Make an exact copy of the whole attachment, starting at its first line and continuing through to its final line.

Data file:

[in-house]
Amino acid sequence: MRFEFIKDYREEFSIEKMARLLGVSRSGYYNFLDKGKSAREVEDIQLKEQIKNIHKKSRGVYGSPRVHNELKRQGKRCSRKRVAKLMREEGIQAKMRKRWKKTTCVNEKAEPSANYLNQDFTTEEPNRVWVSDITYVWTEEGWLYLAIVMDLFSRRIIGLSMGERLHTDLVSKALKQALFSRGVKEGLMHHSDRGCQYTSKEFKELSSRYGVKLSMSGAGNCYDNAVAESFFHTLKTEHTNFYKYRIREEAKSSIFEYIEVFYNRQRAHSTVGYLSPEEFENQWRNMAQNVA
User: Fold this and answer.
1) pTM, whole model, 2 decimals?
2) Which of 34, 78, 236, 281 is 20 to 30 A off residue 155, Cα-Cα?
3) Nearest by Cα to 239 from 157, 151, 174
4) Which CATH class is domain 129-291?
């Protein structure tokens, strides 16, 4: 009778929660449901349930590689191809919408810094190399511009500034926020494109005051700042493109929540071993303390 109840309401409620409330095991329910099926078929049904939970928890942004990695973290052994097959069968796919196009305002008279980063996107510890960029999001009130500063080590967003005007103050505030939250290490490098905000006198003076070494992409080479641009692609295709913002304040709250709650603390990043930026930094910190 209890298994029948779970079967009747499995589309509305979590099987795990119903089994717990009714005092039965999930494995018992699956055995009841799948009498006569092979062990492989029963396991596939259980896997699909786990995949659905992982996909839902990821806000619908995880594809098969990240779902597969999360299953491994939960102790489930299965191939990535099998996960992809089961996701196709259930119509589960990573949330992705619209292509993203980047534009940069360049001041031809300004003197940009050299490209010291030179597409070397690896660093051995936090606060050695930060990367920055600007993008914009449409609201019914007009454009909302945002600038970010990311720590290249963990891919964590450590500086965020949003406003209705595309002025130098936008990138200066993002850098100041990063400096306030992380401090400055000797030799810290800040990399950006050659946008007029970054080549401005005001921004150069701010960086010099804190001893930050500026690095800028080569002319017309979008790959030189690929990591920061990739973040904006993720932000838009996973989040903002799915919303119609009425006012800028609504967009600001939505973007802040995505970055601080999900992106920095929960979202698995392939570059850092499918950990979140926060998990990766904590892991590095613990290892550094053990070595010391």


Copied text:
[in-house]
Amino acid sequence: MRFEFIKDYREEFSIEKMARLLGVSRSGYYNFLDKGKSAREVEDIQLKEQIKNIHKKSRGVYGSPRVHNELKRQGKRCSRKRVAKLMREEGIQAKMRKRWKKTTCVNEKAEPSANYLNQDFTTEEPNRVWVSDITYVWTEEGWLYLAIVMDLFSRRIIGLSMGERLHTDLVSKALKQALFSRGVKEGLMHHSDRGCQYTSKEFKELSSRYGVKLSMSGAGNCYDNAVAESFFHTLKTEHTNFYKYRIREEAKSSIFEYIEVFYNRQRAHSTVGYLSPEEFENQWRNMAQNVA
User: Fold this and answer.
1) pTM, whole model, 2 decimals?
2) Which of 34, 78, 236, 281 is 20 to 30 A off residue 155, Cα-Cα?
3) Nearest by Cα to 239 from 157, 151, 174
4) Which CATH class is domain 129-291?
């Protein structure tokens, strides 16, 4: 009778929660449901349930590689191809919408810094190399511009500034926020494109005051700042493109929540071993303390 109840309401409620409330095991329910099926078929049904939970928890942004990695973290052994097959069968796919196009305002008279980063996107510890960029999001009130500063080590967003005007103050505030939250290490490098905000006198003076070494992409080479641009692609295709913002304040709250709650603390990043930026930094910190 209890298994029948779970079967009747499995589309509305979590099987795990119903089994717990009714005092039965999930494995018992699956055995009841799948009498006569092979062990492989029963396991596939259980896997699909786990995949659905992982996909839902990821806000619908995880594809098969990240779902597969999360299953491994939960102790489930299965191939990535099998996960992809089961996701196709259930119509589960990573949330992705619209292509993203980047534009940069360049001041031809300004003197940009050299490209010291030179597409070397690896660093051995936090606060050695930060990367920055600007993008914009449409609201019914007009454009909302945002600038970010990311720590290249963990891919964590450590500086965020949003406003209705595309002025130098936008990138200066993002850098100041990063400096306030992380401090400055000797030799810290800040990399950006050659946008007029970054080549401005005001921004150069701010960086010099804190001893930050500026690095800028080569002319017309979008790959030189690929990591920061990739973040904006993720932000838009996973989040903002799915919303119609009425006012800028609504967009600001939505973007802040995505970055601080999900992106920095929960979202698995392939570059850092499918950990979140926060998990990766904590892991590095613990290892550094053990070595010391």